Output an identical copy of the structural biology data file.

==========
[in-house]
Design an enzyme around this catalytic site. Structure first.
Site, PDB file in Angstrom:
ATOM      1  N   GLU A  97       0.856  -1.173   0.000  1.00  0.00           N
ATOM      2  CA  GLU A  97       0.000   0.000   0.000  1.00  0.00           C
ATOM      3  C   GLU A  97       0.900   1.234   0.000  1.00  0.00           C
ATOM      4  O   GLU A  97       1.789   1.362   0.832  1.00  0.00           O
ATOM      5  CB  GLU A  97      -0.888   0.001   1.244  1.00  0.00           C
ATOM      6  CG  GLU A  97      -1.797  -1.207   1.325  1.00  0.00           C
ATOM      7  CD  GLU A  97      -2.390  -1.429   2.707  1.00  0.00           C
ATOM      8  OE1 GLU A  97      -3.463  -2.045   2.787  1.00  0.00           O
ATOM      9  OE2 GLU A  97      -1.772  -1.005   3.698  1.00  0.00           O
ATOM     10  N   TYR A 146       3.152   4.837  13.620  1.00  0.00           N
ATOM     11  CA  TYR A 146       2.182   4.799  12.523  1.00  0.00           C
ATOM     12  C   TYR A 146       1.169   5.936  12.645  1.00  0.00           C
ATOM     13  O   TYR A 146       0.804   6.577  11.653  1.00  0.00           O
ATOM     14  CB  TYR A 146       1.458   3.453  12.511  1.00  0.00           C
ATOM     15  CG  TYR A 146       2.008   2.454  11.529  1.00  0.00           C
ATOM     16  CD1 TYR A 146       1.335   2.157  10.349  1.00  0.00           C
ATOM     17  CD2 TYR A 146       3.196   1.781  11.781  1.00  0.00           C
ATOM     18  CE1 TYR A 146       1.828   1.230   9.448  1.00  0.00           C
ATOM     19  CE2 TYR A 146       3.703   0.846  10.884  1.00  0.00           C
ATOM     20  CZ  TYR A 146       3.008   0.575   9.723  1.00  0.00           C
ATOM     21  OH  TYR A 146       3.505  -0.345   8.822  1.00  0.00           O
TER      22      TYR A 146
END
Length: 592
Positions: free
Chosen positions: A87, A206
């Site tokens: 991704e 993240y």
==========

[in-house]
Design an enzyme around this catalytic site. Structure first.
Site, PDB file in Angstrom:
ATOM      1  N   GLU A  97       0.856  -1.173   0.000  1.00  0.00           N
ATOM      2  CA  GLU A  97       0.000   0.000   0.000  1.00  0.00           C
ATOM      3  C   GLU A  97       0.900   1.234   0.000  1.00  0.00           C
ATOM      4  O   GLU A  97       1.789   1.362   0.832  1.00  0.00           O
ATOM      5  CB  GLU A  97      -0.888   0.001   1.244  1.00  0.00           C
ATOM      6  CG  GLU A  97      -1.797  -1.207   1.325  1.00  0.00           C
ATOM      7  CD  GLU A  97      -2.390  -1.429   2.707  1.00  0.00           C
ATOM      8  OE1 GLU A  97      -3.463  -2.045   2.787  1.00  0.00           O
ATOM      9  OE2 GLU A  97      -1.772  -1.005   3.698  1.00  0.00           O
ATOM     10  N   TYR A 146       3.152   4.837  13.620  1.00  0.00           N
ATOM     11  CA  TYR A 146       2.182   4.799  12.523  1.00  0.00           C
ATOM     12  C   TYR A 146       1.169   5.936  12.645  1.00  0.00           C
ATOM     13  O   TYR A 146       0.804   6.577  11.653  1.00  0.00           O
ATOM     14  CB  TYR A 146       1.458   3.453  12.511  1.00  0.00           C
ATOM     15  CG  TYR A 146       2.008   2.454  11.529  1.00  0.00           C
ATOM     16  CD1 TYR A 146       1.335   2.157  10.349  1.00  0.00           C
ATOM     17  CD2 TYR A 146       3.196   1.781  11.781  1.00  0.00           C
ATOM     18  CE1 TYR A 146       1.828   1.230   9.448  1.00  0.00           C
ATOM     19  CE2 TYR A 146       3.703   0.846  10.884  1.00  0.00           C
ATOM     20  CZ  TYR A 146       3.008   0.575   9.723  1.00  0.00           C
ATOM     21  OH  TYR A 146       3.505  -0.345   8.822  1.00  0.00           O
TER      22      TYR A 146
END
Length: 592
Positions: free
Chosen positions: A87, A206
């Site tokens: 991704e 993240y």